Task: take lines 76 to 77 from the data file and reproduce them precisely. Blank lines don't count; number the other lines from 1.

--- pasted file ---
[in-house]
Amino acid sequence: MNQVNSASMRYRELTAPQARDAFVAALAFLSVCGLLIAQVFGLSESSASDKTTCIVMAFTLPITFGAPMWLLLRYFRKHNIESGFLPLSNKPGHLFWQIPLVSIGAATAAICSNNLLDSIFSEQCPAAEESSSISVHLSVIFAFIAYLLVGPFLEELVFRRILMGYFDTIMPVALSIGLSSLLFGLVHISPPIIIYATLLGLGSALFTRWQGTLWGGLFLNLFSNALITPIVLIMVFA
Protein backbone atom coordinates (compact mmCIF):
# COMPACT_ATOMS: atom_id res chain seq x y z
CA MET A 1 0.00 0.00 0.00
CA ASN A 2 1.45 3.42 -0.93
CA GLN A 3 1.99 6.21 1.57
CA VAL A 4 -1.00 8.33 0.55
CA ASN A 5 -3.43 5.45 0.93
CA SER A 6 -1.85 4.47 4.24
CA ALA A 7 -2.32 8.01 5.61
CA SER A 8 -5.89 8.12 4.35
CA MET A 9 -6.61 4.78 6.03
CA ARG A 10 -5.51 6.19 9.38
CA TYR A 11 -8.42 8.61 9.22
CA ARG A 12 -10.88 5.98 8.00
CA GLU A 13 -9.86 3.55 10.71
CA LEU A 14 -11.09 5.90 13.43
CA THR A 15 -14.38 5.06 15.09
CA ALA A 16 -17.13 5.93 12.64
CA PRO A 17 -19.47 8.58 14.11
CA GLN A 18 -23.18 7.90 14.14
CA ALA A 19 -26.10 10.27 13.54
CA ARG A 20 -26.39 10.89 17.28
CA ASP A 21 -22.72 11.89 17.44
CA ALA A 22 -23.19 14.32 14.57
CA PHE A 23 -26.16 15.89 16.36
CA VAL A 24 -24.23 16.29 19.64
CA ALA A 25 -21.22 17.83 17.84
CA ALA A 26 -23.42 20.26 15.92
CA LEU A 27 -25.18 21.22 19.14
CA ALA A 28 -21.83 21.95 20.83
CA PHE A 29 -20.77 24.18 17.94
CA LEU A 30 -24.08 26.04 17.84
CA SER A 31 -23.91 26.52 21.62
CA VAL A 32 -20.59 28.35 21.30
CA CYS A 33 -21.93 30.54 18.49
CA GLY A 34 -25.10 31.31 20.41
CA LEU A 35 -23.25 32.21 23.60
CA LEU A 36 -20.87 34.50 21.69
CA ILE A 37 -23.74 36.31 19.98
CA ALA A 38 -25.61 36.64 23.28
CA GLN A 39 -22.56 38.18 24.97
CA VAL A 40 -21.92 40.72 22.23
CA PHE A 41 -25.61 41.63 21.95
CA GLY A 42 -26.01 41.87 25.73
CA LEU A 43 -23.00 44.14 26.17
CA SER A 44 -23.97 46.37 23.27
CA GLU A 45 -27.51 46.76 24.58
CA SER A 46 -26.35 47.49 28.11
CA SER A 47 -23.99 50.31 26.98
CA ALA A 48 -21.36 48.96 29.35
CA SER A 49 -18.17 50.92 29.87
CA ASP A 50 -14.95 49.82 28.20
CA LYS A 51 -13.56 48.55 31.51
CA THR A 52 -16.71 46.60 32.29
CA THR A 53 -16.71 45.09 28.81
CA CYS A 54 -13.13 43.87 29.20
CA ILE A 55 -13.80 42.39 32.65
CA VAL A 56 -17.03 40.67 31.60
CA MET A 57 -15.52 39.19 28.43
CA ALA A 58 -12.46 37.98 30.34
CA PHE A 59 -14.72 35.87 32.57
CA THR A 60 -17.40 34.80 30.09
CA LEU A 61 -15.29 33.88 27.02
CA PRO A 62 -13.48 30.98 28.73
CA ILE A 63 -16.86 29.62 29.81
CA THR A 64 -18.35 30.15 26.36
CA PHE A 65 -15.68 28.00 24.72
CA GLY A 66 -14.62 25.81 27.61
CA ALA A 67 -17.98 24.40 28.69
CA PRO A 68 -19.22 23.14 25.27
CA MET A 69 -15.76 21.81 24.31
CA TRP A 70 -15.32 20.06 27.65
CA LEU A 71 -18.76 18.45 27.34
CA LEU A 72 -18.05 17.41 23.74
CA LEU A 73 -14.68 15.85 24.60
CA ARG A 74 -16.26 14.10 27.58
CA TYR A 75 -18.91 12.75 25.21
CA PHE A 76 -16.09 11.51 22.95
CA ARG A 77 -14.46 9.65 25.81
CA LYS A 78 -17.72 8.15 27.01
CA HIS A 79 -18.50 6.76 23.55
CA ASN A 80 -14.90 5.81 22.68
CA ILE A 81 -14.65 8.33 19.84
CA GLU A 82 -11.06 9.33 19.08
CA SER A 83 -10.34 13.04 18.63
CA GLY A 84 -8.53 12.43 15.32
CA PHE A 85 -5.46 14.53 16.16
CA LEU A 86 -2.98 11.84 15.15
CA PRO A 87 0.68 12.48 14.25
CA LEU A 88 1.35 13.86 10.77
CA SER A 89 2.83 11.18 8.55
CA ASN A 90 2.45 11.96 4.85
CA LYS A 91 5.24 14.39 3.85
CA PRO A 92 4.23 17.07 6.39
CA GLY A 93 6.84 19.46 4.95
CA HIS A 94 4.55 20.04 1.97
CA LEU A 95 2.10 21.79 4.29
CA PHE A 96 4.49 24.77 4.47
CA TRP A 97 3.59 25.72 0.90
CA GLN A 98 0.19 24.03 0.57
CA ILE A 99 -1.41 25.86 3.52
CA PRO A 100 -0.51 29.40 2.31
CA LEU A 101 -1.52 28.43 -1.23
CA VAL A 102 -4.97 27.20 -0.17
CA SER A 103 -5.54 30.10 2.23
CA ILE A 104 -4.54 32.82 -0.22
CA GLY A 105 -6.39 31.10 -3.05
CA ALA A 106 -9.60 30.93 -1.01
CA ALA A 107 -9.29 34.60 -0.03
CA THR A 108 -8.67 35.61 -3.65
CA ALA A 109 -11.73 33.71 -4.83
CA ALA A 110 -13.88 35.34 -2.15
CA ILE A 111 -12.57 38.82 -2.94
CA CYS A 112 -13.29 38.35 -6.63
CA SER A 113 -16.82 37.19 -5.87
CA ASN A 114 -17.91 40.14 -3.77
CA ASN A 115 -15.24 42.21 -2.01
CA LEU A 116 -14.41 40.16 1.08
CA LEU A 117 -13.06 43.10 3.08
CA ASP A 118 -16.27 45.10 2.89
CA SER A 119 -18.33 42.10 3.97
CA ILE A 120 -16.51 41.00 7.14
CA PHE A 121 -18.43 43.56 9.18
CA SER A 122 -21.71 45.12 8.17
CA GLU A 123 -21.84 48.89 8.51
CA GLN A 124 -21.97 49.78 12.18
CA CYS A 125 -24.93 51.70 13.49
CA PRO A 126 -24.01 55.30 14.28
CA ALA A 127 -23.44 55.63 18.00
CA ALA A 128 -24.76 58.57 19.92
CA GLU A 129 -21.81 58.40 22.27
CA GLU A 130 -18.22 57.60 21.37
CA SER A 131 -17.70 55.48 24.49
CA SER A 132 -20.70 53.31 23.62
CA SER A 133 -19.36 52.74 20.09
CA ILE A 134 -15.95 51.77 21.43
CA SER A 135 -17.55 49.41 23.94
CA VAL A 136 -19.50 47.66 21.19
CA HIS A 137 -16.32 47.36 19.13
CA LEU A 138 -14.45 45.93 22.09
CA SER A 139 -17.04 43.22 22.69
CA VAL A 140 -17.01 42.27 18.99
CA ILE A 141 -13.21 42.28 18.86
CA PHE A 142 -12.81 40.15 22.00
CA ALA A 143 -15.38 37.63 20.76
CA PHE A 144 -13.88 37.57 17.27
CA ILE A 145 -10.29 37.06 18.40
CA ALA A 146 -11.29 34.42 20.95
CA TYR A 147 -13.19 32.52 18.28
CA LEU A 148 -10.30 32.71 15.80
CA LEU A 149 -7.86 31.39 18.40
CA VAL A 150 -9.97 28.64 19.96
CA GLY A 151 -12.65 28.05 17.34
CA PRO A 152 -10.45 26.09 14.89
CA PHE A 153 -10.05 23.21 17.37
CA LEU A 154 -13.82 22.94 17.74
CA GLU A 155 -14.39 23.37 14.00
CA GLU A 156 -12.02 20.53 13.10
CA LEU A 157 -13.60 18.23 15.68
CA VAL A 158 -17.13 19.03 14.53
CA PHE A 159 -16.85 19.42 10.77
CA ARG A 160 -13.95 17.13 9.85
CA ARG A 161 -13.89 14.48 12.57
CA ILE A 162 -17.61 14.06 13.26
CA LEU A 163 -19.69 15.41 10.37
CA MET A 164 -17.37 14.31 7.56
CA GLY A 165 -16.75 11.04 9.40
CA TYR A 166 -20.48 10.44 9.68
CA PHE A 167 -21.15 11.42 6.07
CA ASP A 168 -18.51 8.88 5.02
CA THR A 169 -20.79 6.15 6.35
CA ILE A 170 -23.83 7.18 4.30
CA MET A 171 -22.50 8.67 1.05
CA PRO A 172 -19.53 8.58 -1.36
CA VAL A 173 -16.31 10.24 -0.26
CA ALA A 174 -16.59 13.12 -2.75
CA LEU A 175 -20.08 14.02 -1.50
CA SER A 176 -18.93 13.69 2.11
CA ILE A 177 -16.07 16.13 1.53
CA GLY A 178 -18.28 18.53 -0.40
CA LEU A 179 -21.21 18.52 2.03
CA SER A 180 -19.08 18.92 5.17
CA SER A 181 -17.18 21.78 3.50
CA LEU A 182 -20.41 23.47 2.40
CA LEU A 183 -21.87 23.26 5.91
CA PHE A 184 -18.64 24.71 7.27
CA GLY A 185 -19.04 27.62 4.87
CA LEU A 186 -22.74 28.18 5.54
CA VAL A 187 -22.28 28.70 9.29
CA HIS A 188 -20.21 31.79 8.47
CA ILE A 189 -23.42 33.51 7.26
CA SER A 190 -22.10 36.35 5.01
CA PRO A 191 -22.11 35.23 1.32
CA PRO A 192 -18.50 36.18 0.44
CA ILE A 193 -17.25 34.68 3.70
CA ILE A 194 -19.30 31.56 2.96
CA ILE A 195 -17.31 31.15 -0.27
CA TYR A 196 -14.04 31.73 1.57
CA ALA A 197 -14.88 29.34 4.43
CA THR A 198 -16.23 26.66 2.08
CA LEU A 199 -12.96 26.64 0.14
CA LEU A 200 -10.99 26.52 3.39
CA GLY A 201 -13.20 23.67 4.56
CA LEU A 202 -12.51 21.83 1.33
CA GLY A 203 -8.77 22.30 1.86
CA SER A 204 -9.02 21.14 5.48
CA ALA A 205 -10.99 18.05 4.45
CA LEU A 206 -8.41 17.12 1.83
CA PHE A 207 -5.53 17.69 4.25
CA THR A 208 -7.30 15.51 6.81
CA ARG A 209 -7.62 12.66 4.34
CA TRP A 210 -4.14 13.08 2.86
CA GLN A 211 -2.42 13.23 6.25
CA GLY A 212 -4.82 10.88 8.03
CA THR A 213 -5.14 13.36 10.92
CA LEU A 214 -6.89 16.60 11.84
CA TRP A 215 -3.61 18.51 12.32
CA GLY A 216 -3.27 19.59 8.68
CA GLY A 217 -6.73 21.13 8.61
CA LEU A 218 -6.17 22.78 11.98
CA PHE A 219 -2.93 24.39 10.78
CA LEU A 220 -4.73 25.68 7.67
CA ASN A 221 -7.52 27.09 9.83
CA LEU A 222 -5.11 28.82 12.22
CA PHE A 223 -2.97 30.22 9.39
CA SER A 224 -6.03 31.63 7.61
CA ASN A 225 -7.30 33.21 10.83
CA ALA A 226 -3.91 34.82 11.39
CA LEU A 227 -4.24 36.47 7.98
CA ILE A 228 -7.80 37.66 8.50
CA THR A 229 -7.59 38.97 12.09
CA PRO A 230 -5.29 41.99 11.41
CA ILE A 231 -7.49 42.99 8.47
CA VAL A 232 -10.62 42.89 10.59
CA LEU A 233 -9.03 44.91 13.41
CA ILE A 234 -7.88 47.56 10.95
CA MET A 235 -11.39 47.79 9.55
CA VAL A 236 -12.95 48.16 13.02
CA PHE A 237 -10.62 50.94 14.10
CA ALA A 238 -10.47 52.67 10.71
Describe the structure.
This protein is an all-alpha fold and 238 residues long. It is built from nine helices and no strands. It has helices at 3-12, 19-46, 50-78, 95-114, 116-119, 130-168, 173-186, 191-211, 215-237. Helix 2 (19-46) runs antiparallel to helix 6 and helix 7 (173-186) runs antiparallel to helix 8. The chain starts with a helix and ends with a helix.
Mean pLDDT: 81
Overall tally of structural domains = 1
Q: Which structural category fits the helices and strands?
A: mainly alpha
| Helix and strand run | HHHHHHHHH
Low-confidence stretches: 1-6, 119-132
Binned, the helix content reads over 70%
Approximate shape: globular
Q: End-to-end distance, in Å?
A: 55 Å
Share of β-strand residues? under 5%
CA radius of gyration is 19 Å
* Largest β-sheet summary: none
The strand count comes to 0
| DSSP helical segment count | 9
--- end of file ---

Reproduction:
CA LEU A 72 -18.05 17.41 23.74
CA LEU A 73 -14.68 15.85 24.60